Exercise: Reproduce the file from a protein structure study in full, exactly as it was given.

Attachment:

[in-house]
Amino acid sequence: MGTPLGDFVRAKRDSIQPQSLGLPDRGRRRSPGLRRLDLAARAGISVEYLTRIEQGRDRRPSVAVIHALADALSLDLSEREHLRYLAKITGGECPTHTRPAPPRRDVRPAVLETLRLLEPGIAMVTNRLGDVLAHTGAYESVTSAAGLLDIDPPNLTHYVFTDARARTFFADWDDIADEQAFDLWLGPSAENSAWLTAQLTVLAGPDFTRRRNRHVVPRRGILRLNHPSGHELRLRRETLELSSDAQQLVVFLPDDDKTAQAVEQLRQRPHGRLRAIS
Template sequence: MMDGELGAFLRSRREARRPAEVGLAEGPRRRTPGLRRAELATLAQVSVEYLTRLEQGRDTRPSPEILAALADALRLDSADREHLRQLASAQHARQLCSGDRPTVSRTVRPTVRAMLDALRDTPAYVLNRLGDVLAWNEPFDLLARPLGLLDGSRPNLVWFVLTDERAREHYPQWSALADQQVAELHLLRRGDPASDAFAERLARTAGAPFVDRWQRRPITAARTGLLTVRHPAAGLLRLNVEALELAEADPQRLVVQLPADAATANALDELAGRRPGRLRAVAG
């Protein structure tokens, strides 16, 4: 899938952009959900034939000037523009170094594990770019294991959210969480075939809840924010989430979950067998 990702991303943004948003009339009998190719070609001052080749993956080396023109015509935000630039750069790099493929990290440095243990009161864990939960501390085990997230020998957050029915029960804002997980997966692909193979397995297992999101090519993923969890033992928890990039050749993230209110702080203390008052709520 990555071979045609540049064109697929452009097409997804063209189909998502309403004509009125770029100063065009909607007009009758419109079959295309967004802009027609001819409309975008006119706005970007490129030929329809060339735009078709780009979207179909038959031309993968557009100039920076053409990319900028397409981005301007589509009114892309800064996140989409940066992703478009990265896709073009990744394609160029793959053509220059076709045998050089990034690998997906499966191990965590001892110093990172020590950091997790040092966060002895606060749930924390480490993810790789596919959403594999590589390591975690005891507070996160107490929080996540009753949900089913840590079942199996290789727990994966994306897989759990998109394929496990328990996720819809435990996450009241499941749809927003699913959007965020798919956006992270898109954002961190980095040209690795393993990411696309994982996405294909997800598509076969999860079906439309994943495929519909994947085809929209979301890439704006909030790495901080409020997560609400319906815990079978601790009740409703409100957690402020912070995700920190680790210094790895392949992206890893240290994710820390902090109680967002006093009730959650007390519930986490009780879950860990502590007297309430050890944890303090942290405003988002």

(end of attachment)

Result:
[in-house]
Amino acid sequence: MGTPLGDFVRAKRDSIQPQSLGLPDRGRRRSPGLRRLDLAARAGISVEYLTRIEQGRDRRPSVAVIHALADALSLDLSEREHLRYLAKITGGECPTHTRPAPPRRDVRPAVLETLRLLEPGIAMVTNRLGDVLAHTGAYESVTSAAGLLDIDPPNLTHYVFTDARARTFFADWDDIADEQAFDLWLGPSAENSAWLTAQLTVLAGPDFTRRRNRHVVPRRGILRLNHPSGHELRLRRETLELSSDAQQLVVFLPDDDKTAQAVEQLRQRPHGRLRAIS
Template sequence: MMDGELGAFLRSRREARRPAEVGLAEGPRRRTPGLRRAELATLAQVSVEYLTRLEQGRDTRPSPEILAALADALRLDSADREHLRQLASAQHARQLCSGDRPTVSRTVRPTVRAMLDALRDTPAYVLNRLGDVLAWNEPFDLLARPLGLLDGSRPNLVWFVLTDERAREHYPQWSALADQQVAELHLLRRGDPASDAFAERLARTAGAPFVDRWQRRPITAARTGLLTVRHPAAGLLRLNVEALELAEADPQRLVVQLPADAATANALDELAGRRPGRLRAVAG
């Protein structure tokens, strides 16, 4: 899938952009959900034939000037523009170094594990770019294991959210969480075939809840924010989430979950067998 990702991303943004948003009339009998190719070609001052080749993956080396023109015509935000630039750069790099493929990290440095243990009161864990939960501390085990997230020998957050029915029960804002997980997966692909193979397995297992999101090519993923969890033992928890990039050749993230209110702080203390008052709520 990555071979045609540049064109697929452009097409997804063209189909998502309403004509009125770029100063065009909607007009009758419109079959295309967004802009027609001819409309975008006119706005970007490129030929329809060339735009078709780009979207179909038959031309993968557009100039920076053409990319900028397409981005301007589509009114892309800064996140989409940066992703478009990265896709073009990744394609160029793959053509220059076709045998050089990034690998997906499966191990965590001892110093990172020590950091997790040092966060002895606060749930924390480490993810790789596919959403594999590589390591975690005891507070996160107490929080996540009753949900089913840590079942199996290789727990994966994306897989759990998109394929496990328990996720819809435990996450009241499941749809927003699913959007965020798919956006992270898109954002961190980095040209690795393993990411696309994982996405294909997800598509076969999860079906439309994943495929519909994947085809929209979301890439704006909030790495901080409020997560609400319906815990079978601790009740409703409100957690402020912070995700920190680790210094790895392949992206890893240290994710820390902090109680967002006093009730959650007390519930986490009780879950860990502590007297309430050890944890303090942290405003988002």